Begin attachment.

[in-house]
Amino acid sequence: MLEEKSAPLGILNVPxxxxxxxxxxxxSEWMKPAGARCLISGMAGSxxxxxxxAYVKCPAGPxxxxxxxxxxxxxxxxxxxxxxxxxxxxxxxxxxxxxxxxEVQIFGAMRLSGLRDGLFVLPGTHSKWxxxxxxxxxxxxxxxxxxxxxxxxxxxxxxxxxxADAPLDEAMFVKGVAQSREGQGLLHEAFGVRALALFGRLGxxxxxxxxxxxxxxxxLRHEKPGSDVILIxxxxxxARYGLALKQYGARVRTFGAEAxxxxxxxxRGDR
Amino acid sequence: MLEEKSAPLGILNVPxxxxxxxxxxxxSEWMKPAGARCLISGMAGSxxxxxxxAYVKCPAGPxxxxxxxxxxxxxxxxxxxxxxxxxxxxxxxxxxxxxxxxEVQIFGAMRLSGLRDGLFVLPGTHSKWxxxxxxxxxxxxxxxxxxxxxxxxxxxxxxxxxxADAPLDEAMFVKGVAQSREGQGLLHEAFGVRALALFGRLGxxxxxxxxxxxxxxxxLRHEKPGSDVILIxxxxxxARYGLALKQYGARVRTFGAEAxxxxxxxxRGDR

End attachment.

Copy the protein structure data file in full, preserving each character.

[in-house]
Amino acid sequence: MLEEKSAPLGILNVPxxxxxxxxxxxxSEWMKPAGARCLISGMAGSxxxxxxxAYVKCPAGPxxxxxxxxxxxxxxxxxxxxxxxxxxxxxxxxxxxxxxxxEVQIFGAMRLSGLRDGLFVLPGTHSKWxxxxxxxxxxxxxxxxxxxxxxxxxxxxxxxxxxADAPLDEAMFVKGVAQSREGQGLLHEAFGVRALALFGRLGxxxxxxxxxxxxxxxxLRHEKPGSDVILIxxxxxxARYGLALKQYGARVRTFGAEAxxxxxxxxRGDR
Amino acid sequence: MLEEKSAPLGILNVPxxxxxxxxxxxxSEWMKPAGARCLISGMAGSxxxxxxxAYVKCPAGPxxxxxxxxxxxxxxxxxxxxxxxxxxxxxxxxxxxxxxxxEVQIFGAMRLSGLRDGLFVLPGTHSKWxxxxxxxxxxxxxxxxxxxxxxxxxxxxxxxxxxADAPLDEAMFVKGVAQSREGQGLLHEAFGVRALALFGRLGxxxxxxxxxxxxxxxxLRHEKPGSDVILIxxxxxxARYGLALKQYGARVRTFGAEAxxxxxxxxRGDR